Oral Ignite! Talk
Gina Neff
The concept of disruption has become something of a mantra within data-driven health innovation. Eric Topol refers to technology’s ability to drive the the “creative destruction” of medicine (2012) and to social media as turning “medicine upside down” (2015). Clayton Christensen and his co-authors have used disruption to talk about an “innovator’s prescription” for medicine (2008). Disruption itself has itself become a powerful way that Silicon Valley talks about the capacity of technology to change the social forces that slow industry growth or hinder innovation.  From Techcrunch’s “Disrupt” conference to medical school-sponsored hackathons, health innovators are adopting disrupt as word to describe the change they seek. » Read More
Oral Presentation
Mette Dyhrberg
Increasingly, the challenges for health care in the 21st century are health concerns that escape the identification of single causes known from the big epidemics of the past. Modern day conditions come from interplay over time of e.g. behavior, mental states, lifestyle, social context, environment, genetic predisposition with causes and effects often removed in time and location. To paraphrase Tolstoy: “All healthy people are alike; each unhealthy person is unhealthy in each their own way.” Unfortunately, current health care practice lacks the incentives, resources, methods, and tools for dealing effectively with these kinds of complex, individual conditions. » Read More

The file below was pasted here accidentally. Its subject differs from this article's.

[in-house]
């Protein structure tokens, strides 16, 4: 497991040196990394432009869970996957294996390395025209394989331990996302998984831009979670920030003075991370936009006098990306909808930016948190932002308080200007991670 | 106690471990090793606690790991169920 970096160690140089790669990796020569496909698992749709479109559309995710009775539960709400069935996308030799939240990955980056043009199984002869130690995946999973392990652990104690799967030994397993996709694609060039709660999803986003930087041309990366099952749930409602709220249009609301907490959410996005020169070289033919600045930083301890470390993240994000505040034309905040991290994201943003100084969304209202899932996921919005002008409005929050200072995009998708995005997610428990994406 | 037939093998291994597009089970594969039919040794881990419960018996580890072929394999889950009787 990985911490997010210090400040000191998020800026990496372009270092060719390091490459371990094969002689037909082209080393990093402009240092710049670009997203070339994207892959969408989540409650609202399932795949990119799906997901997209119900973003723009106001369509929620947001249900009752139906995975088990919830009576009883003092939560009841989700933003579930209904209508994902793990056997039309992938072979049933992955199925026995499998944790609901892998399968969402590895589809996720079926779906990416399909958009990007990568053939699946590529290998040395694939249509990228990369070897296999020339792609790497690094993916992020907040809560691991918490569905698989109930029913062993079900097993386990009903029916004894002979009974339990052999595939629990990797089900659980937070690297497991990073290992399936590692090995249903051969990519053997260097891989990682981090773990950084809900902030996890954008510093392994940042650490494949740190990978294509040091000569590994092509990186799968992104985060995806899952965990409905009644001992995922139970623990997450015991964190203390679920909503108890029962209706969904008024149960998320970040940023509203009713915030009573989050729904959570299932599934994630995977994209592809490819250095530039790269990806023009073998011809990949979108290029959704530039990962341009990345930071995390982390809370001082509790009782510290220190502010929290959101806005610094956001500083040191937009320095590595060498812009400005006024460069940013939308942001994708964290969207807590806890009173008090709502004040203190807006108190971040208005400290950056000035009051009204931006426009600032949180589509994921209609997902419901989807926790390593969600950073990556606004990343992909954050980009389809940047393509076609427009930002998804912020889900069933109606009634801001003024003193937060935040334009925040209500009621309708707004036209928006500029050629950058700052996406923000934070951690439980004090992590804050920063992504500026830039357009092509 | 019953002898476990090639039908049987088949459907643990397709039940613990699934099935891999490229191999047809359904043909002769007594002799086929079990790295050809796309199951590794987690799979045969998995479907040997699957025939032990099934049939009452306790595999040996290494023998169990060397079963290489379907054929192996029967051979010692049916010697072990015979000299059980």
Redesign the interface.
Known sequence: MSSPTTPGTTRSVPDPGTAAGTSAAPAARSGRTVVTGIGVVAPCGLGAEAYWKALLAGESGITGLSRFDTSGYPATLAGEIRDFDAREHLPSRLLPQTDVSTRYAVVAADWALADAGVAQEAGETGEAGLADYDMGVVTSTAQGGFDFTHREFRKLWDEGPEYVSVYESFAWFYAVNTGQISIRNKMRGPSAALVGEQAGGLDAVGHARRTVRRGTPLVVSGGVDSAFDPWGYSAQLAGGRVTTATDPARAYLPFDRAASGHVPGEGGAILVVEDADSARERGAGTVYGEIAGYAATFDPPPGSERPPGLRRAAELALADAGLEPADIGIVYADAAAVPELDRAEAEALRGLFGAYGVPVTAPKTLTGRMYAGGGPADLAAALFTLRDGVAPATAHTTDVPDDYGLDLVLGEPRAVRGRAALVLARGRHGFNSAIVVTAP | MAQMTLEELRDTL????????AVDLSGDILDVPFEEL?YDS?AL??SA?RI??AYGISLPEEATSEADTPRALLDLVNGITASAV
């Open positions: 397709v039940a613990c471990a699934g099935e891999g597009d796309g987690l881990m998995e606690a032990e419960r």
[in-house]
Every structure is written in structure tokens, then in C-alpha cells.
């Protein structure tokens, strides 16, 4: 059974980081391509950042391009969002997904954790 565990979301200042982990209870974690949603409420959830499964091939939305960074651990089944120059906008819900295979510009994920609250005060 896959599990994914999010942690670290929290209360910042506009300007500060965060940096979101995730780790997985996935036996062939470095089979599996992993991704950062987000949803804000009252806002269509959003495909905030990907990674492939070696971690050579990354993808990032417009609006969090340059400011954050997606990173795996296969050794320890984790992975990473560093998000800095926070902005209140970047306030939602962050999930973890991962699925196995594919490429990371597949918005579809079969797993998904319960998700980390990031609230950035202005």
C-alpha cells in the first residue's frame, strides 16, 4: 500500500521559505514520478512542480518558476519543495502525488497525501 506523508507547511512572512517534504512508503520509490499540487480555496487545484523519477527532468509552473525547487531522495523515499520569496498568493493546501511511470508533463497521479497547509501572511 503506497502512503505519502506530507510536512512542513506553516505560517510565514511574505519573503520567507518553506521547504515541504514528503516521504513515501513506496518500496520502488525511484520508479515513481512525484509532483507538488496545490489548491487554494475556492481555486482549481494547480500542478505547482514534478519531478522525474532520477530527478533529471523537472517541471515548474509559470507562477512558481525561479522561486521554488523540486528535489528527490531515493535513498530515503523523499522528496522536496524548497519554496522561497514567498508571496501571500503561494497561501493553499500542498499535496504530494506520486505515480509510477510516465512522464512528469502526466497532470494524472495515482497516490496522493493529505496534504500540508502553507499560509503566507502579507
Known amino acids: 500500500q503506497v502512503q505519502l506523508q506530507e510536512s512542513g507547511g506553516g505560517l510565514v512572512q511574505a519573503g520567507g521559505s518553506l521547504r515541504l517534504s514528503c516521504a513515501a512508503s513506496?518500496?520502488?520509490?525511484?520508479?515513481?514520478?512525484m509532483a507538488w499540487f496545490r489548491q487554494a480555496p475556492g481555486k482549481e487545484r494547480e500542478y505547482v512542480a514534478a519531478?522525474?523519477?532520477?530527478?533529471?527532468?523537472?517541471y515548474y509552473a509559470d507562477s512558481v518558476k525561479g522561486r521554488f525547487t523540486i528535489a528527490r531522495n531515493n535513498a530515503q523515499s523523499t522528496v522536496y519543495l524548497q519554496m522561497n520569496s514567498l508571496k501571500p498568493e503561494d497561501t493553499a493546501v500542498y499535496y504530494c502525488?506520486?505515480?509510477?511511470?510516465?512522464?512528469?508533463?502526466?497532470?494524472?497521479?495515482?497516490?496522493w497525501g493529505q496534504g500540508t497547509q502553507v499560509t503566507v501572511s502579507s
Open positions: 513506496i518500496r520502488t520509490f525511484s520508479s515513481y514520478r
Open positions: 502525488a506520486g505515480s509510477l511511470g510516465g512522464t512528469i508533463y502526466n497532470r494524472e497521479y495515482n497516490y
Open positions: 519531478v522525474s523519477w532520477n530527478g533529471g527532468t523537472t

Oral Presentation
Marjorie Stiegler
Adverse events happen in medicine, and their impact is felt not only by the patient and the patient’s loved ones, but also by the physicians and other medical team members caring for the patient.  These medical professionals who suffer after-effects are called “second victims”.   Patients who are cared for subsequently, while the team is still impacted by the earlier adverse events, may be subject to distracted care and medical errors, and have been called “third victims”.  Savvy patients have begun asking about caregivers’ mental state.  Patients often ask if we are well-rested, where we trained, if we have a lot of experience with procedures and other team members. And people intuitively know that death or near-death experiences (even when vicarious) are impactful, even for seasoned professionals.   Do our patients have the right to decide whether or not they wish to be on the receiving end of our best efforts after a catastrophe?  Do we have an obligation to inform patients?  How can we deliver best care to our patients, and best support ourselves and our colleagues?  Medicine is losing many excellent doctors and nurses, either due to career change or even suicide, as a result of this unspoken epidemic.